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vinces of Russia will be sealed up effectually. The Ukase is so important a document, and the observations upon it so illustrative of its operation, that we give them at length from the Times of Saturday last.

March 27.

I have now to call your attention to an extract from an Imperial Russian ukase, which I find in the St. Petersburgh Russian Gazette, which I received last week, relative to the erection of a Russian quarantine at the Soulineh mouth of the Danube.

Before making any observations upon it, I shall give you a literal translation of the extract:

“ His Imperial Majesty, in consequence of a representation from the Minister of the Interior, made from a report of the GovernorGeneral of New Russia and Bessarabia, and conformably to a decision of the committee of Ministers, has been pleased augustly to order,– Ist. To construct a quarantine at the Soulineh mouth of the river Danube, in two divisions ; the one for pratique, at the extreme end of the Island Leti, to which the quarantine cordon has at present been advanced; and the other for suspicious vessels, on the Island of Georgi, with this provision, that this second division of the quarantine, not purifying any kind of merchandise, but sending them either to tho quarantines of Odessa or Ismail, should serve merely as a port for vessels prevented from proceeding on their voyage up the Danube, through contrary winds or the strength of the current; or wishing to receive a supply of provisions, or refit. Sometimes also it may receive from ships, merchants, their clerks, or other passengers, who, meeting with delay in their journey by water, should wish to save time, to hold quarantine on the spot, and afterwards proceed to Ismail by land, over the island of Leti. It may also receive the crews of vessels which have been shipwrecked on those islands. The division for pratique will overlook vessels proceeding from healthy ports ; and the second division will overlook vessels which are in quarantine. Both these divisions to be under one director, in order that vessels in pratique should have no communication with those in quarantine. This quarantine, in so far as regards the Customs, must be regulated by the same laws as the present quarantine of Bazertcheck. 2nd. This last port, established by the ukase of the 26th of October, 1832, and situated at the Kilian mouth, as it will be found now quite superfluous, is to be evacuated. This, the will of his Imperial Majesty, has been published in an ukase of the Senate, dated the 7th of February, 1836.”—Extracted from the Commercial Gazette of St. Petersburgh, No. 21, published the 18th of February, 1836.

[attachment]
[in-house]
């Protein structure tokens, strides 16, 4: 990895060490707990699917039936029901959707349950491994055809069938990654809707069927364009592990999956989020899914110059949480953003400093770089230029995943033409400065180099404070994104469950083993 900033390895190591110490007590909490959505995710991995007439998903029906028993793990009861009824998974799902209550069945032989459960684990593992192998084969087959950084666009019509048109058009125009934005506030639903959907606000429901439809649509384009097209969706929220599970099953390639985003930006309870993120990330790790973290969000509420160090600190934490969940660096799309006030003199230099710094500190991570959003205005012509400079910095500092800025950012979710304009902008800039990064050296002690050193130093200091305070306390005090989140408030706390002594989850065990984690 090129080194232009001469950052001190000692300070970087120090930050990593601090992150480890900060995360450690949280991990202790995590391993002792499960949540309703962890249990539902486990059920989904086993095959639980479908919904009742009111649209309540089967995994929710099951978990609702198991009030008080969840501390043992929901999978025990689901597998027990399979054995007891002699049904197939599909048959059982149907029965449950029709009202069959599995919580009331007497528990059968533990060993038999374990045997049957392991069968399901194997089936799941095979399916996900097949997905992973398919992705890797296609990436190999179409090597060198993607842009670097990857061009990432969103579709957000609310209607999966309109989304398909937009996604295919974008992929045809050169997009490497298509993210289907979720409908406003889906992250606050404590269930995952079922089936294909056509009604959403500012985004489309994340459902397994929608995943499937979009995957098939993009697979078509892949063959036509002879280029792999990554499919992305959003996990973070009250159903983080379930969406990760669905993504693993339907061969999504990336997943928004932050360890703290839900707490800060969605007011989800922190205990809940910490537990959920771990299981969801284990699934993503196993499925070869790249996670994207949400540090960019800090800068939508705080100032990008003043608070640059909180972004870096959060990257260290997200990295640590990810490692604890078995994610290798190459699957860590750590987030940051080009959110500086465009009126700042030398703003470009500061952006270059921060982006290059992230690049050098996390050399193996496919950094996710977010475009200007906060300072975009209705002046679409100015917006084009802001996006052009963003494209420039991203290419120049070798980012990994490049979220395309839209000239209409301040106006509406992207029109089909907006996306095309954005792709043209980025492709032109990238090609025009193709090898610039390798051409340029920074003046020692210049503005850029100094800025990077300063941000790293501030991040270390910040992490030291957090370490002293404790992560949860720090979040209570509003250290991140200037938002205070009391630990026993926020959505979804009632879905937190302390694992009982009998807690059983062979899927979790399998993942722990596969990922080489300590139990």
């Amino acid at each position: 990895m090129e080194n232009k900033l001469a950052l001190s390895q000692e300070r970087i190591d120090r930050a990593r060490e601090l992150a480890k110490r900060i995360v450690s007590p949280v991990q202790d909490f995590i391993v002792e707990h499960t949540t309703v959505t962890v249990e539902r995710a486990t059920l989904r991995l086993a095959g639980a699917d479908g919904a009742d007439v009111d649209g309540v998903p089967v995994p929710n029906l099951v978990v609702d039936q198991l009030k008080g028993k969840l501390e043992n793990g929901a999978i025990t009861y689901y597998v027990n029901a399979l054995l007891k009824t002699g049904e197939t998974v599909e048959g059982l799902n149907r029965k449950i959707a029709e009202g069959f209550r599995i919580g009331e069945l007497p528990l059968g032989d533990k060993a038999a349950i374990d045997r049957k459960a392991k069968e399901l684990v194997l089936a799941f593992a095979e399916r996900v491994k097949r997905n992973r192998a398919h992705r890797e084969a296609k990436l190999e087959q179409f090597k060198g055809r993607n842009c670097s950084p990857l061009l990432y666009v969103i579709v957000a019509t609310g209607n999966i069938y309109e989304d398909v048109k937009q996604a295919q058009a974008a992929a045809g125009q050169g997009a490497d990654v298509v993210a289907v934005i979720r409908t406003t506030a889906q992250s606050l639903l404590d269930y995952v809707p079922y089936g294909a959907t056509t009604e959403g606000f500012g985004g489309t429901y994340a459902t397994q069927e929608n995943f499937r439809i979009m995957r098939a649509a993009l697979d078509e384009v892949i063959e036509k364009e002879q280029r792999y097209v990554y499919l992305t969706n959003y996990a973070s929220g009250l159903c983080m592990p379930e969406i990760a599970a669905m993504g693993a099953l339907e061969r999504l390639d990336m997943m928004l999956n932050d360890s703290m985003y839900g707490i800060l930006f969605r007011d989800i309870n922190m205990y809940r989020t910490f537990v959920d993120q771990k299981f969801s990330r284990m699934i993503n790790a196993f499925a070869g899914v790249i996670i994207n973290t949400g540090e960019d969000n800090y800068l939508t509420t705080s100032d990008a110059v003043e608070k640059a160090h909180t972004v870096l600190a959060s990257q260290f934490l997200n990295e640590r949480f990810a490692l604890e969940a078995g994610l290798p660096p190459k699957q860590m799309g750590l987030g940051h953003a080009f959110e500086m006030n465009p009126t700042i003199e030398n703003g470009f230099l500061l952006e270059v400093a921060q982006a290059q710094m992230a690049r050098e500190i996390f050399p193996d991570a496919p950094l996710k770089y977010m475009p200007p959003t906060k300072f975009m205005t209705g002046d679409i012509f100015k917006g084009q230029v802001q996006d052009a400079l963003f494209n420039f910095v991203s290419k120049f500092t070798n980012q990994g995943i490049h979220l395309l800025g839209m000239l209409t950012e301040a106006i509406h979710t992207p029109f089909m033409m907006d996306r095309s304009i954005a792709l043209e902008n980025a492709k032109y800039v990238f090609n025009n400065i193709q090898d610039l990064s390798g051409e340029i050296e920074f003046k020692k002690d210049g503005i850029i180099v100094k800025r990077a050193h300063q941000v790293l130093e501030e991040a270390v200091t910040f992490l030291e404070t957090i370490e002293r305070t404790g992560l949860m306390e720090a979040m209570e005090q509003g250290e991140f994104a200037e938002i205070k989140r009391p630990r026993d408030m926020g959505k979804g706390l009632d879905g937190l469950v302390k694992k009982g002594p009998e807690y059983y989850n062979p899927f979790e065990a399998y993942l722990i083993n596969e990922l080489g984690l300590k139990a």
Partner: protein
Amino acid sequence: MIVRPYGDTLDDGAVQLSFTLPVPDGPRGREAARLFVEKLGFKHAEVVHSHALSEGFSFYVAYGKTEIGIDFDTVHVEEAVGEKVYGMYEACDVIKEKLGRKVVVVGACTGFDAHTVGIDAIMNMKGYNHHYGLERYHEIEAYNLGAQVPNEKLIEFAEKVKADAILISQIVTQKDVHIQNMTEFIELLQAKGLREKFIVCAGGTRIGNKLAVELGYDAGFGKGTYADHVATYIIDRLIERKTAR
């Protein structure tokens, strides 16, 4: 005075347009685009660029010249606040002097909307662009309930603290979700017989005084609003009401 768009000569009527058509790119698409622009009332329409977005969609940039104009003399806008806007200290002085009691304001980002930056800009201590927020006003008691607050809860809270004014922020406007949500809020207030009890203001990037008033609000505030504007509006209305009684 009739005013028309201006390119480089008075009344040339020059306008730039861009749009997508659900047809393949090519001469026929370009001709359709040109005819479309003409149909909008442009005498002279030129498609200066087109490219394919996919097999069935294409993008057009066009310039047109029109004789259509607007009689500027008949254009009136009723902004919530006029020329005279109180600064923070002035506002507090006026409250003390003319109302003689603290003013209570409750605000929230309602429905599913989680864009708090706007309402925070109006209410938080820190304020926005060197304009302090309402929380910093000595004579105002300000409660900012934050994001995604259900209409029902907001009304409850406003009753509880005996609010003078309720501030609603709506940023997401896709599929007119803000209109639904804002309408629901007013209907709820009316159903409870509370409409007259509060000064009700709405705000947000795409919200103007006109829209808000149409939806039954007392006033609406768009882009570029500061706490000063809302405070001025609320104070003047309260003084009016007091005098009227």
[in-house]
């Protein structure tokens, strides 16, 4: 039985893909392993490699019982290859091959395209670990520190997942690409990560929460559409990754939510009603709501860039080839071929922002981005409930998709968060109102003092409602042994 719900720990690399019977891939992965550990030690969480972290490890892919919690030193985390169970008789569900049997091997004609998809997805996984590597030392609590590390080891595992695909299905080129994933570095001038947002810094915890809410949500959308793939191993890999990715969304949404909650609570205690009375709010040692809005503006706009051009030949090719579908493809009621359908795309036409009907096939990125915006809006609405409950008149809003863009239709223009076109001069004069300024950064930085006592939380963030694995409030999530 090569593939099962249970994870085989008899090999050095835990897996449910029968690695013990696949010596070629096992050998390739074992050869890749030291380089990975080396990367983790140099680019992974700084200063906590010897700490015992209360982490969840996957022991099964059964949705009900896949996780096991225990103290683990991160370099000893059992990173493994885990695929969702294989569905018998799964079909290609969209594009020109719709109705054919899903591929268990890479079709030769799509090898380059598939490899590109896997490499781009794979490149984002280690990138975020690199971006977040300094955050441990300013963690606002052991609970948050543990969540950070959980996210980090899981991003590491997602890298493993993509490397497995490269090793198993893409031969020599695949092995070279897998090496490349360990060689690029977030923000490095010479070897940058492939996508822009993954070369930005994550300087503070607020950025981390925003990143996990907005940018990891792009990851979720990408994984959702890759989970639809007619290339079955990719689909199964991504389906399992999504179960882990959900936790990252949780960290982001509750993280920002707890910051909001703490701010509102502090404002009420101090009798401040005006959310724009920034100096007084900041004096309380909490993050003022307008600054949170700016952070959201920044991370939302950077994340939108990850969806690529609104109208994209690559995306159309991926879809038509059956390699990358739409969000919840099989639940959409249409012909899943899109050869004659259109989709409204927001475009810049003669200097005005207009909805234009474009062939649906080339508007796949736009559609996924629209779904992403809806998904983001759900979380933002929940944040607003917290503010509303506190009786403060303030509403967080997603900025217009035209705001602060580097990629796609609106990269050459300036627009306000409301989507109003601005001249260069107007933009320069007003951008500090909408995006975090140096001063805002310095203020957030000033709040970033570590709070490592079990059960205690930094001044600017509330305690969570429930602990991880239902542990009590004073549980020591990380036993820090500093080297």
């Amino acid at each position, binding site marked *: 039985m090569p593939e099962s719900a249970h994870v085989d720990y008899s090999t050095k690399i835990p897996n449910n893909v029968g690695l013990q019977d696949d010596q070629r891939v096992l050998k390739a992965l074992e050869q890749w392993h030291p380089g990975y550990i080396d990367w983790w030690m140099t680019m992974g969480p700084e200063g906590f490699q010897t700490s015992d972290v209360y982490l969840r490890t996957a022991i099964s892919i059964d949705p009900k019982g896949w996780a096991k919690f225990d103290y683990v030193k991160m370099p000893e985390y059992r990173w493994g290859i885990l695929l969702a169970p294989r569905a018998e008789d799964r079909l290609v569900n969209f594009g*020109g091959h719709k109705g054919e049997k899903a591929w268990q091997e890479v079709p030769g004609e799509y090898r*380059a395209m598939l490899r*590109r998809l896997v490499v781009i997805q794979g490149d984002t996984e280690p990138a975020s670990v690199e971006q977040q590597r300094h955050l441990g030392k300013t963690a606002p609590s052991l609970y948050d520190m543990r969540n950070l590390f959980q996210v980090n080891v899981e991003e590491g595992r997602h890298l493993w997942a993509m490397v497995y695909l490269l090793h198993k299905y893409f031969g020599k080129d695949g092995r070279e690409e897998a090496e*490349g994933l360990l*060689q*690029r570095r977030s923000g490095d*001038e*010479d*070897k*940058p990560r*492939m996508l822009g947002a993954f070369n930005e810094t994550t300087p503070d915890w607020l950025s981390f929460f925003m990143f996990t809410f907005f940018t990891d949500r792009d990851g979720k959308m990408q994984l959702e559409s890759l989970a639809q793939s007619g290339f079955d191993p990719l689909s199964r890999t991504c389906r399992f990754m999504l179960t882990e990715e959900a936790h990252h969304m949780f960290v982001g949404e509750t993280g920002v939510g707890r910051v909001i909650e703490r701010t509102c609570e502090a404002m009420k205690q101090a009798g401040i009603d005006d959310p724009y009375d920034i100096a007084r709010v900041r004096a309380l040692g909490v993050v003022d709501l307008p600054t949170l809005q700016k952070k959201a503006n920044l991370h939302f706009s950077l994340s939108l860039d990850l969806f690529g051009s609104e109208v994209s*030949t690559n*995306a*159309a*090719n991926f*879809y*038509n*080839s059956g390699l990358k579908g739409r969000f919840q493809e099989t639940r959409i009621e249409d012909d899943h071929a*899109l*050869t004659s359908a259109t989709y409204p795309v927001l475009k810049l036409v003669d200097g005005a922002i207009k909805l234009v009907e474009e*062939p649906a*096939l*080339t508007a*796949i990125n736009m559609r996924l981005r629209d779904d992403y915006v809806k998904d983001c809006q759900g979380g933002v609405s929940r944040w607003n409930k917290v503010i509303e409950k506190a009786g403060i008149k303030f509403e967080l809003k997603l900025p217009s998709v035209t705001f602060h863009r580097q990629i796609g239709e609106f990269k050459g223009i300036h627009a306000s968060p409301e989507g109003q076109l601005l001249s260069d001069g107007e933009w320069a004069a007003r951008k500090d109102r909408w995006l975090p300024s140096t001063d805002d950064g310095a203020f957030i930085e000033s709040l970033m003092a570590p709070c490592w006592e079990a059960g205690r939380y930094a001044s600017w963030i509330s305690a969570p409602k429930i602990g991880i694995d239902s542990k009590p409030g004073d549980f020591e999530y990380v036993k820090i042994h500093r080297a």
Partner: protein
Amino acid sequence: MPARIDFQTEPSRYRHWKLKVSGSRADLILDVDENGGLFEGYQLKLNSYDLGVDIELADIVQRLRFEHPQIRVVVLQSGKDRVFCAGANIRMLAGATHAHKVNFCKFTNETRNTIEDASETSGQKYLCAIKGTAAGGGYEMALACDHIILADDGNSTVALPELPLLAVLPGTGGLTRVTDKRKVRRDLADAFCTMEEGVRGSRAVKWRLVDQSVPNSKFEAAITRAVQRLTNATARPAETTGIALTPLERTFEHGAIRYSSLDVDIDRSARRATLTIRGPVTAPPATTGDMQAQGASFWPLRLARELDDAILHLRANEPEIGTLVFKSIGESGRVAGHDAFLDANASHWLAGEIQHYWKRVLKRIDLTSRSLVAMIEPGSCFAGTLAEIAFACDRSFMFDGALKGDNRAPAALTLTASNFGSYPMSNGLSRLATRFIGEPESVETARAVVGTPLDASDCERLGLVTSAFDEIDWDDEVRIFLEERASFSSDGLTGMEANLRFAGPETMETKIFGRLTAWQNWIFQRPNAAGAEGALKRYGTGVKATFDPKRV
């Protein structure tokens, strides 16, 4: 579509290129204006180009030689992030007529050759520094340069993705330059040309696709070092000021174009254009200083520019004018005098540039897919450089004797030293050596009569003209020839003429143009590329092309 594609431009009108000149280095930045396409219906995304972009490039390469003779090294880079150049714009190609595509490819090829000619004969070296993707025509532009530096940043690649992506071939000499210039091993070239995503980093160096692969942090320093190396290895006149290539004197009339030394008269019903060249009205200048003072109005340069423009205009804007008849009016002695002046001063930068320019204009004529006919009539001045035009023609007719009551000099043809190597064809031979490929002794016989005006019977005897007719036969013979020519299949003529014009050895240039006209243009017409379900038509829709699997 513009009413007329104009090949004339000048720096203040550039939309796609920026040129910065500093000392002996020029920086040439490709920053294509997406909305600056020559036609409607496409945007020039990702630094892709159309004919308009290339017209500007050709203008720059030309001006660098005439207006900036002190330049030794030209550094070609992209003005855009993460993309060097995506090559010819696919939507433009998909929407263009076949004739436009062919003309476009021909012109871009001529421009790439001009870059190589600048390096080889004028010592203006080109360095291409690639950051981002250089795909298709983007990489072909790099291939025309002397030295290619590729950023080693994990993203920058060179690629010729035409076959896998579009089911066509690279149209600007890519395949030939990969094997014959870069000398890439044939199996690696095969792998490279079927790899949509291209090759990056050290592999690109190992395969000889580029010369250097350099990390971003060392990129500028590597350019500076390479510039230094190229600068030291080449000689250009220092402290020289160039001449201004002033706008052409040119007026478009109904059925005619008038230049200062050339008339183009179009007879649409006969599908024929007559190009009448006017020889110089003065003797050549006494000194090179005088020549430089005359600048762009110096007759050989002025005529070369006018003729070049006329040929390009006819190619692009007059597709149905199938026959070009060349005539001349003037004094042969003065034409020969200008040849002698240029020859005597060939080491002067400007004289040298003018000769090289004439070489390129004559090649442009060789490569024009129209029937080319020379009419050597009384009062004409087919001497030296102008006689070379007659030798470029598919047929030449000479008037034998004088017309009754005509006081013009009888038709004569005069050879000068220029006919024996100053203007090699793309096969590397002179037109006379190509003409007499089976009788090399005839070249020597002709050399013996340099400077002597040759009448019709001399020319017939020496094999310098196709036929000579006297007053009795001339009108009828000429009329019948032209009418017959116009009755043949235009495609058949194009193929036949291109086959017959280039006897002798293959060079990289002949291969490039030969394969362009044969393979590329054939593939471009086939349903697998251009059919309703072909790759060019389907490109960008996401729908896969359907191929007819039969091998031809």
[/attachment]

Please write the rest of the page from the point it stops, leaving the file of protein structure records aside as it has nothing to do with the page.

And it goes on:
Such a barefaced and impudent aggression, and executed so coolly in the face of all Europe, I have seldom heard of; and I trust that our Cabinet will make immediate and strong representations to the Russian Government, who have now evidently thrown off the mask they have worn so long Measures should also be taken to rouse the sleeping energies of Austria, whose interests are more directly compromised by this violent measure than those of any other country. Now, also, the eyes of Turkey may be completely opened to the astute and deceitful policy of their rapacious neighbours; who, under the mask of friendship, have pursued ever since the peace of Adrianople, with the most uncompromising obstinacy, a deep-laid plan of gradual, but ultimate, occupation of all her European provinces.